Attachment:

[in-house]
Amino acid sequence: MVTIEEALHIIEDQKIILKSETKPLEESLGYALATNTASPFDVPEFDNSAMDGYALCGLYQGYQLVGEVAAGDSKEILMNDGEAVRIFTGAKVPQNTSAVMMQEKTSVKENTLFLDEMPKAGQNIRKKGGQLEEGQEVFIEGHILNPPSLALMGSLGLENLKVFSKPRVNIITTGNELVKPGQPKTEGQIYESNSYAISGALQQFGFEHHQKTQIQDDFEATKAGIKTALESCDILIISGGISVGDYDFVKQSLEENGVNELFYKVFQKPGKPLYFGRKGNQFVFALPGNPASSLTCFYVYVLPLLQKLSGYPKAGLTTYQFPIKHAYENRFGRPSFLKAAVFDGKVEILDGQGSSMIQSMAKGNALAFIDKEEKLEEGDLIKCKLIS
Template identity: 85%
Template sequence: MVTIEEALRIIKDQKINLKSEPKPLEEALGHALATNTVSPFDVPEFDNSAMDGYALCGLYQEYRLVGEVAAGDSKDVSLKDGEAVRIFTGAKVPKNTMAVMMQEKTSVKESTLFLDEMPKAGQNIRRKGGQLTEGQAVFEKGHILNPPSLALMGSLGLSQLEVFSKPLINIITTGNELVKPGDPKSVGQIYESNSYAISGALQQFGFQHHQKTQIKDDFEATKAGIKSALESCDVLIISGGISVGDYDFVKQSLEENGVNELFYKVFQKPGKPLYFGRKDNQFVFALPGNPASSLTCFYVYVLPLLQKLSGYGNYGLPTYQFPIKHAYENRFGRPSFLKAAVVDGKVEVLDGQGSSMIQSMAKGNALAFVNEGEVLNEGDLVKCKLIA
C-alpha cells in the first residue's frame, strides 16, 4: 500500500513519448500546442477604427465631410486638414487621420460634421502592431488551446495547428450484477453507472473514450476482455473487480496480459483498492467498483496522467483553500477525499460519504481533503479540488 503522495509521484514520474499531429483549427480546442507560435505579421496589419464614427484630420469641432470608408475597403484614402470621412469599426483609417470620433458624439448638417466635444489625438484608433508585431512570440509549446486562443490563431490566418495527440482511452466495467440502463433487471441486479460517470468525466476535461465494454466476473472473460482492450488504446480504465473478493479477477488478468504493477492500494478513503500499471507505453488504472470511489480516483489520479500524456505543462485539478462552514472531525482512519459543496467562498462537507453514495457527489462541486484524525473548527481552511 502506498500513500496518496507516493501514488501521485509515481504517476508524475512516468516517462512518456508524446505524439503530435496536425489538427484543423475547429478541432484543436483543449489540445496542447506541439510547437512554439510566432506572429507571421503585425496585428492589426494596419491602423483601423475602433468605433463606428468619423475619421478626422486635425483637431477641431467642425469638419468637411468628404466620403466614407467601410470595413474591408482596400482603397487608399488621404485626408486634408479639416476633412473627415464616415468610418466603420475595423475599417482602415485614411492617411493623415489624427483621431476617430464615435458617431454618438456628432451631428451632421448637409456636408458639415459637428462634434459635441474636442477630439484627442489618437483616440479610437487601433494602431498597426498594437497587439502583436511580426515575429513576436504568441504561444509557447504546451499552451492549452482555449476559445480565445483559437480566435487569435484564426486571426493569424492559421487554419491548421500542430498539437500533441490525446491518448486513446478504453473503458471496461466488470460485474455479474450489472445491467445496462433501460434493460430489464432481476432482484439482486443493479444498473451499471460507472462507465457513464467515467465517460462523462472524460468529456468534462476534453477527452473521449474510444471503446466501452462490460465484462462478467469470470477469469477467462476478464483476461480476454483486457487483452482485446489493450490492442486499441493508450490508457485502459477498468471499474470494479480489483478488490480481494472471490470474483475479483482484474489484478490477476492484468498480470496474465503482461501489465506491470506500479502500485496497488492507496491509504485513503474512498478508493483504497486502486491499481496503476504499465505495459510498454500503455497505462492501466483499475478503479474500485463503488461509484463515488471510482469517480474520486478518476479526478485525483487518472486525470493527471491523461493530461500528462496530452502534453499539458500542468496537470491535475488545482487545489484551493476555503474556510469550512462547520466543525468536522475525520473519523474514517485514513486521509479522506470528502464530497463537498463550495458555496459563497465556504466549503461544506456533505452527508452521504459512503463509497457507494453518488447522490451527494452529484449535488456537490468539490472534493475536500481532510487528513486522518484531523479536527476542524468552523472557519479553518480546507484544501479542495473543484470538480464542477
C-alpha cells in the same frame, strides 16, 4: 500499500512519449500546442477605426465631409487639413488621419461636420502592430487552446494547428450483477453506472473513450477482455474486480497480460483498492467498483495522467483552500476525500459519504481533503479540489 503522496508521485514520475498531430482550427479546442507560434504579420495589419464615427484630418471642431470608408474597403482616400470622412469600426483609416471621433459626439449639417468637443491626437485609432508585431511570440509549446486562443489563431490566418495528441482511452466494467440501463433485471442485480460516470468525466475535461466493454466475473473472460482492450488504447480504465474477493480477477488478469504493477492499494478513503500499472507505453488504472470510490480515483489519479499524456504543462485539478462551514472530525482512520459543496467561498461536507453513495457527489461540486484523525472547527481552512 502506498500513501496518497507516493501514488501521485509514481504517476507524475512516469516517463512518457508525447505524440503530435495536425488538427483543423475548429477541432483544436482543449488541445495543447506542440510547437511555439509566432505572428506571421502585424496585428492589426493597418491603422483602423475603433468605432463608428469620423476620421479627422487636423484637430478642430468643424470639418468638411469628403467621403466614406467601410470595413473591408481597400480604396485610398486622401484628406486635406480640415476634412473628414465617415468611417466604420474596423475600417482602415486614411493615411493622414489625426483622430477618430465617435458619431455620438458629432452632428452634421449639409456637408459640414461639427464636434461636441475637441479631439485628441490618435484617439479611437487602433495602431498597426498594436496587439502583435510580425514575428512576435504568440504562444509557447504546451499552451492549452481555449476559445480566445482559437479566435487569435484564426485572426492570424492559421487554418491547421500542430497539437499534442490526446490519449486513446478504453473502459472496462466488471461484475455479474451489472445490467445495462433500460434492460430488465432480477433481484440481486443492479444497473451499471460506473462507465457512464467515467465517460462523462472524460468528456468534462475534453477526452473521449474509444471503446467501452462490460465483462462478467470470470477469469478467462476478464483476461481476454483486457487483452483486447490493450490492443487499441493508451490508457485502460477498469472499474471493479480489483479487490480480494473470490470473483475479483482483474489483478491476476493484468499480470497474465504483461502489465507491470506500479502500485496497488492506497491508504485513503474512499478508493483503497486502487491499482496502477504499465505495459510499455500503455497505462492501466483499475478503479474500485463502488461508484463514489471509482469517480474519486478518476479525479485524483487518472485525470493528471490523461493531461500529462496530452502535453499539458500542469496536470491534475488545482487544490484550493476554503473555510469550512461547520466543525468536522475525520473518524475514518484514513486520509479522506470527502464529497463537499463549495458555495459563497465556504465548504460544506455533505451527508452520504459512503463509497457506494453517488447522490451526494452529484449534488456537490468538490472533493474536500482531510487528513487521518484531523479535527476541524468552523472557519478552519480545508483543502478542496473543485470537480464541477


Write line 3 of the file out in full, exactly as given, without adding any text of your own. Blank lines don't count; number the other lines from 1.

Template identity: 85%